Do you know why the dates of the Chinese New Year - also known as the Spring Festival or the Lunar New Year, seem to vary every year? This is because it is the New Year that based on the lunisolar calendar, a calendar that based on both the Moon phase and the time of the solar year.


The Spring Festival is the most important traditional festival in China. Some countries in Asia such as Vietnam, Korea and Singapore also celebrate the Spring Festival.


There is a zodiac animal representing each year in Chinese culture and 2021 is the year of the Ox. There is a myth about why the Ox is the second of all zodiac animals: In ancient times, the Jade Emperor wanted to select 12 animals to be his palace guards. The Emperor said the order would be decided by the order in which they arrived at his party. The Ox was a strong hardworking animal and was about to be the first to arrive, but the smart Rat secretly hid on the Ox back. Just as they arrived, Rat jumped down and landed ahead of Ox. Thus, the Ox became the second zodiac animal. 


There are other myths associated with the Spring Festival too. Another well-known myth is about the origin of the Spring festival. In ancient China, there was a monster called Nián (年). Nián lived at the bottom of the sea and came up every New Year's Eve to feast on animals and humans in the village. People fled to the mountains to escape from Nián. One year, there was an old man coming to the village and told people that Nián was most afraid of red, fire and explosion. Since then, every New Year's Eve, families paste red couplets on their doors and red decorations on their windows. Families also set off firecrackers at midnight and stay awake until the next day. Then, people greet their relatives and friends with their best wishes early in the morning. This custom spread more and more widely, became the Spring Festival.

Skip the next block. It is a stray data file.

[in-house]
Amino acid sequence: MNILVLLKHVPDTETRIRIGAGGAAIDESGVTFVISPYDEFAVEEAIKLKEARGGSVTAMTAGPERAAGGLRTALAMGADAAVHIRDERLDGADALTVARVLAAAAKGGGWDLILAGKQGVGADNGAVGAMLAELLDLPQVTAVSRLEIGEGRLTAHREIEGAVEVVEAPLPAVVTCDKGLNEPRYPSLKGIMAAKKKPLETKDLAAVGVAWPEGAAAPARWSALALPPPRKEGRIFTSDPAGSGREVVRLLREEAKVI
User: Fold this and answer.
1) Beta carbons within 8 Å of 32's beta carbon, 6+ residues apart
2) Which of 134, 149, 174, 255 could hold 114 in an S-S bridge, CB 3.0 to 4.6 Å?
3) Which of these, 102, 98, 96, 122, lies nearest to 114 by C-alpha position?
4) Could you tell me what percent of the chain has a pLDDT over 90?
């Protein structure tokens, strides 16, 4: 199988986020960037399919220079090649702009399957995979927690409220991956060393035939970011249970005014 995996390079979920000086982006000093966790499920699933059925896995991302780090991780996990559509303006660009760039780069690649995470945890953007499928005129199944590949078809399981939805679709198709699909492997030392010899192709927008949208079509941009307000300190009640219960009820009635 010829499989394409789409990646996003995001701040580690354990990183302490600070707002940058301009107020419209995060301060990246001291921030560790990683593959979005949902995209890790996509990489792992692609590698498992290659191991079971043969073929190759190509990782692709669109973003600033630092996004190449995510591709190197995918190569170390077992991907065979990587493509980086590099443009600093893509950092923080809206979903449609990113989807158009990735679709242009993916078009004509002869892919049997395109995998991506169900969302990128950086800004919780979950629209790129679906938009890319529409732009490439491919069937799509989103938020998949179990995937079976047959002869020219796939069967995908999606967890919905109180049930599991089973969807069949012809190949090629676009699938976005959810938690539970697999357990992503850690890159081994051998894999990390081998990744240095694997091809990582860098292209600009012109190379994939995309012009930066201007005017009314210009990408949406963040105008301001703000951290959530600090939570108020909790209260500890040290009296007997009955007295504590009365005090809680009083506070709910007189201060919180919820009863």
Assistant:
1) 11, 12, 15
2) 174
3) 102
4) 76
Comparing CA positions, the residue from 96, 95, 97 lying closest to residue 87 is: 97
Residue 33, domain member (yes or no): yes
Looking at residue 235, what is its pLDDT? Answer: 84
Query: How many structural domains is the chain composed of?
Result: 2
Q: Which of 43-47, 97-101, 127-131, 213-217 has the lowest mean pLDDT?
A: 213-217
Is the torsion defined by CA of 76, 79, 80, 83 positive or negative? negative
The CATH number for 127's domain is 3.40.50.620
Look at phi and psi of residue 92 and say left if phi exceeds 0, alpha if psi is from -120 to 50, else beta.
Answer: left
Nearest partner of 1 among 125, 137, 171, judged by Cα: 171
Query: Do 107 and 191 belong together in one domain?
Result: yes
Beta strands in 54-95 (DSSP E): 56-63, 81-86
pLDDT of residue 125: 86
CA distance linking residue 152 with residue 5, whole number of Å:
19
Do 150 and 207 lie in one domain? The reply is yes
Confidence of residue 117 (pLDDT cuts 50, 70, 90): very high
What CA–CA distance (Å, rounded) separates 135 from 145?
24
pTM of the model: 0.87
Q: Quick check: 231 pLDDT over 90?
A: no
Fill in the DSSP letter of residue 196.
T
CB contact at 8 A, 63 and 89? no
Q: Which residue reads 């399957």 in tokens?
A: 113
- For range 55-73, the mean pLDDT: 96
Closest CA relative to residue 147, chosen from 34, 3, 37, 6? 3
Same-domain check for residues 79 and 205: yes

This year, the Spring Festival starts on 12th February and ends on 21st. During the Spring Festival, various traditional New Year activities such as lion dance, dragon dance, temple fair, colourful lantern fair, fireworks, etc. are held all over the country and overseas Chinese communities and there are small differences in the customs due to different regional cultures.


Unfortunately, this year due to the impact of Covid-19, many outdoors mass-gathering events are cancelled. So, what can people do to celebrate the Spring festival at home?


There are many customs and activities people can do with their family members at home, many are symbolising for wishing a good new year. For instance, cleaning home and sweeping dust has the connotation of getting rid of all the bad luck; pasting red decorations add a joyful festive atmosphere and express people's good expectations for the coming year; giving red pocket money carries best wishes from the elders to the younger generation. The younger generation can also give red pocket money to the elders, wishing longevity for parents or grandparents; having the New Year's Eve dinner, also known as the reunion dinner, with your family is the most important event on New Year's Eve. People in the whole family sit together and the food on the table usually has a similar pronunciation to some specific good wishes in mandarin. For instance, fish is pronounced similarly to abundance and lettuce is pronounced similarly to getting rich.


It is a long-held tradition for most Chinese people to return to their hometowns from work and study to reunite with their families during Chinese New Year. Hence, the period of time around the Spring festival (Chunyun) is normally a period of extremely high traffic load. It has been called the largest annual human migration in the world. In 2016, there were 2.9 billion passenger journeys estimated during that year's Chunyun season in China.


Due to covid-19 and travel restrictions, millions of Chinese people living overseas couldn’t get back to their hometowns this year. However, with good luck carries by the year of the Ox and ongoing vaccination programs, hopefully people will reunite with their families soon.